Post by: mmitchem on May 18, 2012, 10:53:14 am
I think my initial thought was "Why Not?" Just to experiment since the yeasts have many similarities. I am not sure what to expect...and I think that is part of the fun. I have also had great success with both of these yeasts individually, then blended. It might be a huge failure, but there is a chance of success. Besides, if it is gross, it only cost me 5 gallons and a little time.
Could be fun, right?
Title: Re: Mixing Lager Yeasts - Pros and Cons
Post by: denny on May 18, 2012, 11:17:23 am
I really doubt it will be "gross" or a "huge failure".  I just don't think there's anything to be gained.  Other than saying you did it!  ;)
Title: Re: Mixing Lager Yeasts - Pros and Cons
Post by: majorvices on May 18, 2012, 11:30:28 am
Normally when you blend yeast you are going for the flavor characteristics of one and the attenuation of the other.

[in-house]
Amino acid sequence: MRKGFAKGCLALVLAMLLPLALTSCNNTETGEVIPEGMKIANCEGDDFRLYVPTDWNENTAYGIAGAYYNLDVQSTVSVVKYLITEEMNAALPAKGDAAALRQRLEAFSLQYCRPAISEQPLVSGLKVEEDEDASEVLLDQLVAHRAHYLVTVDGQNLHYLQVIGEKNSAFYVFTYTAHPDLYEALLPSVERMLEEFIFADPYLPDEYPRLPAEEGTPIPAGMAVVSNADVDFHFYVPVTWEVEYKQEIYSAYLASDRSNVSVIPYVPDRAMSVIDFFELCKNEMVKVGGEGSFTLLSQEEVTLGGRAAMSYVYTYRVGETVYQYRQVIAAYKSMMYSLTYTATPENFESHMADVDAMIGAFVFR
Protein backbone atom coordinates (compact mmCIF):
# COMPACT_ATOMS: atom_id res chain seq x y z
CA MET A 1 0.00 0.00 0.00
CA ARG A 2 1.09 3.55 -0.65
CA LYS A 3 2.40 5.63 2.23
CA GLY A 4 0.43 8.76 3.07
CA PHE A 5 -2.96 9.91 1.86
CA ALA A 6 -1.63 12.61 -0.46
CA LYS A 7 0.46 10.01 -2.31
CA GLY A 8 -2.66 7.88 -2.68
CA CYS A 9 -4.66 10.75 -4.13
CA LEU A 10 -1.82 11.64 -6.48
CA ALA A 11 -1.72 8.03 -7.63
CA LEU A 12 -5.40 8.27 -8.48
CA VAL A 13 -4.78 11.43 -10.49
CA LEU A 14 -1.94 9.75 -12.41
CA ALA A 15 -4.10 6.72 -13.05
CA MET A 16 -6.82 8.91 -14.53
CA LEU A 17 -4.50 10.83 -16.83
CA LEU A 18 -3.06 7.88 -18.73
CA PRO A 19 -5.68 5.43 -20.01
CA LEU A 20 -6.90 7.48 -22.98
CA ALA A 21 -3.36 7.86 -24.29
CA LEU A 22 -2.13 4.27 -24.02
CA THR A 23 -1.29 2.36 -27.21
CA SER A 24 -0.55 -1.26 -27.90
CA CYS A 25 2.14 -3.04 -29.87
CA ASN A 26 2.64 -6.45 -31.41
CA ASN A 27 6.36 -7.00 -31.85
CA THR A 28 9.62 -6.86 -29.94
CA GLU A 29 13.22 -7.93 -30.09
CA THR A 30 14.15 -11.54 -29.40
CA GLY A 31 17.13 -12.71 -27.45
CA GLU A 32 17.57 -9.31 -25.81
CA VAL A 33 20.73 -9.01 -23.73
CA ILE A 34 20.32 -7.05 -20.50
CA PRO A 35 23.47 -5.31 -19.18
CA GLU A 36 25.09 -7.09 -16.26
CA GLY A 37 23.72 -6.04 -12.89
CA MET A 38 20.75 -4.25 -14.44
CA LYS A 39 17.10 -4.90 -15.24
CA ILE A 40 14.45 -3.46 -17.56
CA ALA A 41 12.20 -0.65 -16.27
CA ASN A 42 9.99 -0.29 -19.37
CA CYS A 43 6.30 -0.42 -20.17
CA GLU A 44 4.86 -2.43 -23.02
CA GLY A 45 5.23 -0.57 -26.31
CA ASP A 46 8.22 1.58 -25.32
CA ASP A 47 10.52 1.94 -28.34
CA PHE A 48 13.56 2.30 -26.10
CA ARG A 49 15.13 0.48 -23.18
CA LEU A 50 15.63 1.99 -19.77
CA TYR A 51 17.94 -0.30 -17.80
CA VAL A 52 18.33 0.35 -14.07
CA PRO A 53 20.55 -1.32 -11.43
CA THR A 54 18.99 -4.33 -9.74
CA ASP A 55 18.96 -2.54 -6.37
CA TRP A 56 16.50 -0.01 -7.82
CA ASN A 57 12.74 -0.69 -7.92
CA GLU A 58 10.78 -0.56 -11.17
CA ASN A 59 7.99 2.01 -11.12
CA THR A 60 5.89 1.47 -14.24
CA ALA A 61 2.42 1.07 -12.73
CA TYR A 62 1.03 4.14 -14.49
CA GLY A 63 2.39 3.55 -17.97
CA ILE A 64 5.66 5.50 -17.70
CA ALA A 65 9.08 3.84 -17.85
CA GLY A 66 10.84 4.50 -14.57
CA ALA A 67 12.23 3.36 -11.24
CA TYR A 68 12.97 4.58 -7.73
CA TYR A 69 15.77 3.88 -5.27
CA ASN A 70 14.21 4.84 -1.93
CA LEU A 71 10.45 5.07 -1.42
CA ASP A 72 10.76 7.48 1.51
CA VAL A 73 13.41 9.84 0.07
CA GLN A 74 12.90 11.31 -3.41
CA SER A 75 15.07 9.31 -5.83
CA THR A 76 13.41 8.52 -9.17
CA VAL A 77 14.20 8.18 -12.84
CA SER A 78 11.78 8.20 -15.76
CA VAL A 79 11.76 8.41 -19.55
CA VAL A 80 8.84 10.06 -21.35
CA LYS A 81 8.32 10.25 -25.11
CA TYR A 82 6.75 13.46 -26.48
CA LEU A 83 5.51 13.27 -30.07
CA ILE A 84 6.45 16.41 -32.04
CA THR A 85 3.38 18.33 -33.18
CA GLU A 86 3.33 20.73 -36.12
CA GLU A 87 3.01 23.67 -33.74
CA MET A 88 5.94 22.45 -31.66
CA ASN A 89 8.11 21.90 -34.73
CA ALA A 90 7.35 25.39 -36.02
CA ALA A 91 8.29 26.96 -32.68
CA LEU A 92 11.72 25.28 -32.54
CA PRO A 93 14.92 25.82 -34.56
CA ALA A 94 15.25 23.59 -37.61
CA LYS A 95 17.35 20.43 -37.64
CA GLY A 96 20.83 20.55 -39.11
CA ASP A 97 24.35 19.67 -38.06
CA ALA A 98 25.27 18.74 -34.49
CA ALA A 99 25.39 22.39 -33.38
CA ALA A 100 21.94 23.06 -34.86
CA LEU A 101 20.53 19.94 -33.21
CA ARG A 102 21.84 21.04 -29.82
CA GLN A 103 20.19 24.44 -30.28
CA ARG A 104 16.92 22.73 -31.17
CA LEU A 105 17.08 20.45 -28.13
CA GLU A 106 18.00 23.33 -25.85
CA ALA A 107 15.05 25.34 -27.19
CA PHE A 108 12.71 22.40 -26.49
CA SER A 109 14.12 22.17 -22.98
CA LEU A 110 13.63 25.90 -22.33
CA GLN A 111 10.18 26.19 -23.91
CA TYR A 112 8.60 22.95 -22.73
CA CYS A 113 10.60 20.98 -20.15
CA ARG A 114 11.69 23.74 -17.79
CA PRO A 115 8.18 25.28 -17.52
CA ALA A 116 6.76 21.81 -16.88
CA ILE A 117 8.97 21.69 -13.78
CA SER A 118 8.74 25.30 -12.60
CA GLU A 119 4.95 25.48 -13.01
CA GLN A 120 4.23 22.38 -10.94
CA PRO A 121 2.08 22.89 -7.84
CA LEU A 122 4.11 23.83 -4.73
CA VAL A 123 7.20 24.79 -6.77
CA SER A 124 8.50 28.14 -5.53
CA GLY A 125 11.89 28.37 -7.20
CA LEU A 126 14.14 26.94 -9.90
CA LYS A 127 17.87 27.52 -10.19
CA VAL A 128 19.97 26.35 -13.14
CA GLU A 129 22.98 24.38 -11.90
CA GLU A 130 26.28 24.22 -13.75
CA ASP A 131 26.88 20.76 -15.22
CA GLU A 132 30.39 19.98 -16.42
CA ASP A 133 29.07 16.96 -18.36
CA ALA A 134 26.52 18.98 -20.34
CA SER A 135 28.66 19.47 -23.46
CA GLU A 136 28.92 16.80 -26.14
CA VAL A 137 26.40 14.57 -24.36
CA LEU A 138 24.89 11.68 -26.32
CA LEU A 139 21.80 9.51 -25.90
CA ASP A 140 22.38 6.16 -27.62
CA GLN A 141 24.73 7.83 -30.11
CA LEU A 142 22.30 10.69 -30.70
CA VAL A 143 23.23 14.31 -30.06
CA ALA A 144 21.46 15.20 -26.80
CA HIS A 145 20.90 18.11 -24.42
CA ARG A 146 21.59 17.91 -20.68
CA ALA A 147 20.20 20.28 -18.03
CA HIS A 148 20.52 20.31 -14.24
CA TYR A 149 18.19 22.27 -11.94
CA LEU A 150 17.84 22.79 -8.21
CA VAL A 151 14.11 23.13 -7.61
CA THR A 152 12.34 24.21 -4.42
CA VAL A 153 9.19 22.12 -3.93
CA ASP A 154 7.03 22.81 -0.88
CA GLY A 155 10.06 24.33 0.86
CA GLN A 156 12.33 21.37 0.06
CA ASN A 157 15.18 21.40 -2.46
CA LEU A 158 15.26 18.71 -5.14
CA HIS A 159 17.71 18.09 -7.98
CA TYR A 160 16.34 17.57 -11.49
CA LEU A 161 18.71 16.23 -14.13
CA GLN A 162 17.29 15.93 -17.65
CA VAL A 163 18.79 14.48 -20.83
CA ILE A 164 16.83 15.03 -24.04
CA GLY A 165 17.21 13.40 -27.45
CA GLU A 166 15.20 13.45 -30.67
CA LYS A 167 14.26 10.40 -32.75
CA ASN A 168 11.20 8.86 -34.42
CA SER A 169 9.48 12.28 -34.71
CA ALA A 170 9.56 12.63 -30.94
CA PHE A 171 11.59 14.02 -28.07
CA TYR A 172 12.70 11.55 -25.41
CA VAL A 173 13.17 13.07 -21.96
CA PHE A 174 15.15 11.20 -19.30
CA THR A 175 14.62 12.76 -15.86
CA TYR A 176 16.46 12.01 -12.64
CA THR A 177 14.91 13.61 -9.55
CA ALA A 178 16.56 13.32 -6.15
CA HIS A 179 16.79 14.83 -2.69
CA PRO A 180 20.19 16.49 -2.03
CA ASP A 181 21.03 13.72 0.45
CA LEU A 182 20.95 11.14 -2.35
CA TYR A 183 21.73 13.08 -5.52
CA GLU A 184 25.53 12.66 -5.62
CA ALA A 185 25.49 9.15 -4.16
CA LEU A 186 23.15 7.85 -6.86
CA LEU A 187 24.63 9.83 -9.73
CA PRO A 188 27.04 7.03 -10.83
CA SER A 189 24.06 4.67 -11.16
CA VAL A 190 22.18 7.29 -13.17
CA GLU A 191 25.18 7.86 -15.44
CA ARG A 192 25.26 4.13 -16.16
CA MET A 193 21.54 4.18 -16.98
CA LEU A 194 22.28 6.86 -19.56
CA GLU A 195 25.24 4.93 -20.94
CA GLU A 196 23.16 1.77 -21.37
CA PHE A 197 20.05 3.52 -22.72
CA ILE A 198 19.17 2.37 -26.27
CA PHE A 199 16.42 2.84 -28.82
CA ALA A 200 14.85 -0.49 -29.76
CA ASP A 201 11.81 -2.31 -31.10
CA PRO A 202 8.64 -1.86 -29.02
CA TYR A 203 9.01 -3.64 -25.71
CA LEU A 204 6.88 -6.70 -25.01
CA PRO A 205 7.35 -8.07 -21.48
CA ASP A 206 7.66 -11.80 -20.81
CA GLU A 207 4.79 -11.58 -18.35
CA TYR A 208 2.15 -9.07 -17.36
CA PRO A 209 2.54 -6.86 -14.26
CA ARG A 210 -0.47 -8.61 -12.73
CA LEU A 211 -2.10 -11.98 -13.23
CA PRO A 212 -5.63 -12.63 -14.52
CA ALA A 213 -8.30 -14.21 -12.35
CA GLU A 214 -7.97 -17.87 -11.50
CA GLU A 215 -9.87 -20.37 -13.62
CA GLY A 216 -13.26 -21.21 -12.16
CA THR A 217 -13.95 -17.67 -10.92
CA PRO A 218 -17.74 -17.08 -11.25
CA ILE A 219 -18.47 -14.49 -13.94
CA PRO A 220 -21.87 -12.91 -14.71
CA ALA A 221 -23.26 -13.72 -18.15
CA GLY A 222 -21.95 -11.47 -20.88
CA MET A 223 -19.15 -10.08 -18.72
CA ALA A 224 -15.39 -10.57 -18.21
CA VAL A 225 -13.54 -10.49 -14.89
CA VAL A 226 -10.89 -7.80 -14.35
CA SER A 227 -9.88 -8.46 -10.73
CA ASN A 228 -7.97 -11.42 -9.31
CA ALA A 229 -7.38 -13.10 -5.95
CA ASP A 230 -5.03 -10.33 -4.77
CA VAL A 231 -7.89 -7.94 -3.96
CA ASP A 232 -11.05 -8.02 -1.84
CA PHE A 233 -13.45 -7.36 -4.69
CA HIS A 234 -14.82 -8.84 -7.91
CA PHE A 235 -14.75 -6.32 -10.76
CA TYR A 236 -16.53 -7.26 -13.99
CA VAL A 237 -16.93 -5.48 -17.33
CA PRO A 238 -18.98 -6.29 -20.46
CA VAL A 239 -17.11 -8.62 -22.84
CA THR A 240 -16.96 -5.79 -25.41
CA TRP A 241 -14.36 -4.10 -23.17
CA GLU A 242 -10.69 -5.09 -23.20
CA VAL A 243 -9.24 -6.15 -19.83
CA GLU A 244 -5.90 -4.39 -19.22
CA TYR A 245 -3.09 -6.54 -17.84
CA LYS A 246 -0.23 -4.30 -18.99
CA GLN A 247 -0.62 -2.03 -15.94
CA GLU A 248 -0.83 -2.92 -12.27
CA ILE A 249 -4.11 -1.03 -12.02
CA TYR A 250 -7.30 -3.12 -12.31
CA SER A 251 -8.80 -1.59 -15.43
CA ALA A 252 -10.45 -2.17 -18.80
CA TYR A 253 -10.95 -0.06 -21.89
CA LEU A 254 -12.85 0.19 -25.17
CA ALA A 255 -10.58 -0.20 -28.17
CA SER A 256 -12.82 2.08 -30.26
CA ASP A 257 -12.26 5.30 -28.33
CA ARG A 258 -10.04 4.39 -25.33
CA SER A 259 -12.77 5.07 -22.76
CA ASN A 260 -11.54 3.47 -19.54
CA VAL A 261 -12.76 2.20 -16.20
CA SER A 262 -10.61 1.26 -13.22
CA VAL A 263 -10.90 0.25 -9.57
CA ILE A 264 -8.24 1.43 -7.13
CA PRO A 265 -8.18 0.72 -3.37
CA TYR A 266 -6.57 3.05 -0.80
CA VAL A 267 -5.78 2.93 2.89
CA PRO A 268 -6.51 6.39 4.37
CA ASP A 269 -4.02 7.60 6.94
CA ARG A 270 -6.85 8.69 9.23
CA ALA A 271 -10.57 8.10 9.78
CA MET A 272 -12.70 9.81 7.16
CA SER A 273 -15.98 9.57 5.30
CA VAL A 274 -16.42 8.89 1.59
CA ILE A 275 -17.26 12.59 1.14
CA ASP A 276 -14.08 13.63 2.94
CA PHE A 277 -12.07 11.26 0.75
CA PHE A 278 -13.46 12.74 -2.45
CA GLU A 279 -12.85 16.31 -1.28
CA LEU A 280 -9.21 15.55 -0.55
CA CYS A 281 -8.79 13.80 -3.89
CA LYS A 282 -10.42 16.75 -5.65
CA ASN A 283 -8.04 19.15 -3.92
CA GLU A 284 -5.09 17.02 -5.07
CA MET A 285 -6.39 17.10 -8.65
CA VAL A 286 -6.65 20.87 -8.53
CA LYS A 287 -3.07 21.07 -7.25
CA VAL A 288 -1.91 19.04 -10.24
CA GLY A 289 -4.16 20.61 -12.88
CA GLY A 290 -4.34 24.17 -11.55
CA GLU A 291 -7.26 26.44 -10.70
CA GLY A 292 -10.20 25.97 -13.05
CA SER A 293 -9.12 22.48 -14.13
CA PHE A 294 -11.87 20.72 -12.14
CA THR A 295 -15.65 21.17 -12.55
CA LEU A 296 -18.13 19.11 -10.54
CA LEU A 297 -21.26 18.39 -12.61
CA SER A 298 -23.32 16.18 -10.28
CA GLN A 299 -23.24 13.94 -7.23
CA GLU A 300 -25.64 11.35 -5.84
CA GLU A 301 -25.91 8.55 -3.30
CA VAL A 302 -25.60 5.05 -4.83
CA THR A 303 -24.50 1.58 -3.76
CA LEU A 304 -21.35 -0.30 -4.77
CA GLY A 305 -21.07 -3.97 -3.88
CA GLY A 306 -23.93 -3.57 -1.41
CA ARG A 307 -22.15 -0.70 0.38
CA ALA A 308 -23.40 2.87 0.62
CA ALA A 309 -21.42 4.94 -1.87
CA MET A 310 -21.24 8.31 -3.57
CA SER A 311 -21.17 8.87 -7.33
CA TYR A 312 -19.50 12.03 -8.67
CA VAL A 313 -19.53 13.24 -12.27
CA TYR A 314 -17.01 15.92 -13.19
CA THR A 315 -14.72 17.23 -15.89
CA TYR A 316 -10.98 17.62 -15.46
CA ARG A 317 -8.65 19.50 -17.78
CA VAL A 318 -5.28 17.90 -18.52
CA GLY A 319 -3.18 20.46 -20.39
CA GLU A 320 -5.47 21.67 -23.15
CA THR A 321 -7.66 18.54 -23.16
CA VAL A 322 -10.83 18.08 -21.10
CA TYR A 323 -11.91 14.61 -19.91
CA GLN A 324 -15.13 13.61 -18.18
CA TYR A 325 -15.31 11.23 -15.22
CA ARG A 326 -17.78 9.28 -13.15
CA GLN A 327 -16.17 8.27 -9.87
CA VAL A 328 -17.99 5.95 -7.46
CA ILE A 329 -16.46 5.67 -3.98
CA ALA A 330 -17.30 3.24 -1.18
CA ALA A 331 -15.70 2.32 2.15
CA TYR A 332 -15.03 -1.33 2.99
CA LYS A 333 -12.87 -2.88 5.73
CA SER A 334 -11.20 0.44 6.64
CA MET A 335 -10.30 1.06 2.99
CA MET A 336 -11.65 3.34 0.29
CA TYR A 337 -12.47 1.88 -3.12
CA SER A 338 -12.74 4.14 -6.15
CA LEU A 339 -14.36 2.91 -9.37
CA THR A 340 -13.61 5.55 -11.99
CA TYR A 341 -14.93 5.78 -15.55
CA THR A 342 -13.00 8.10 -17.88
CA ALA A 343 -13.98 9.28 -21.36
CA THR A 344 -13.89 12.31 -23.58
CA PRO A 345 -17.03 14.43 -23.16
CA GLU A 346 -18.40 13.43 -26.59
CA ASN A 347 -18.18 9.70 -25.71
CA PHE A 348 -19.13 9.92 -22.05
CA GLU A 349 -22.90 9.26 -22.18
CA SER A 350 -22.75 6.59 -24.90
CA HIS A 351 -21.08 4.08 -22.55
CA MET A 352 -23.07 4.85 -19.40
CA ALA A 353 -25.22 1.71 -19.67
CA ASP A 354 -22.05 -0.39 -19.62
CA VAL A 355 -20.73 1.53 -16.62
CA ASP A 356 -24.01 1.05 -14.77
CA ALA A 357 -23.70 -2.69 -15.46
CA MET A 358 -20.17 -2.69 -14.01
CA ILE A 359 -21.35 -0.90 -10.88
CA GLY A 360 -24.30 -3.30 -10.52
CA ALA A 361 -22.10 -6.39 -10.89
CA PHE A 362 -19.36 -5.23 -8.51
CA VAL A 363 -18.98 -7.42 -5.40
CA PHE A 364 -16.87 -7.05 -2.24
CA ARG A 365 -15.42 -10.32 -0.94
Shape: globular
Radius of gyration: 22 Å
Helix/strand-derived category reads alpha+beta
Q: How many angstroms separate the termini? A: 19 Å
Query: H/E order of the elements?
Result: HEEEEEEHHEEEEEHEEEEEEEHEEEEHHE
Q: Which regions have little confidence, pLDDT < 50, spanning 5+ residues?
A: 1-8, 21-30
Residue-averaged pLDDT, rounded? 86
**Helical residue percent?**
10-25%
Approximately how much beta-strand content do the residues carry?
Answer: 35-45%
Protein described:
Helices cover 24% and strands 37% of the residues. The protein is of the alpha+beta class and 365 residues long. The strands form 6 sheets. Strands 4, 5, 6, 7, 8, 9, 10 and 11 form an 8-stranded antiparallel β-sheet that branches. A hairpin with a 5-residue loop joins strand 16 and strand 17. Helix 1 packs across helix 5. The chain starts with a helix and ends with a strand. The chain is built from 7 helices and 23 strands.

Title: Re: Mixing Lager Yeasts - Pros and Cons
Post by: mmitchem on May 18, 2012, 11:44:20 am
Denny & Major, I hear ya. There might be nothing to gain in the end at all. Ehhh, saying that I did it...that doesnt matter either I suppose. I do really like the feedback though. It is always appreciated when seasoned veterans are approachable and active in this community. Cheers to that for sure! Once again - thanks for the replies. It is about a week into fermentation @ 48 degrees, in a couple of weeks I will know the outcome. 
Title: Re: Mixing Lager Yeasts - Pros and Cons
Post by: hopfenundmalz on May 18, 2012, 12:04:30 pm
For the Bo-Pils I make we use the PU "D" strain on 5 gallons and the "H" strain on 5 gallons. Blend after they are done. This is what PU used to do, now they use one strain.
Title: Re: Mixing Lager Yeasts - Pros and Cons
Post by: ynotbrusum on May 18, 2012, 02:00:16 pm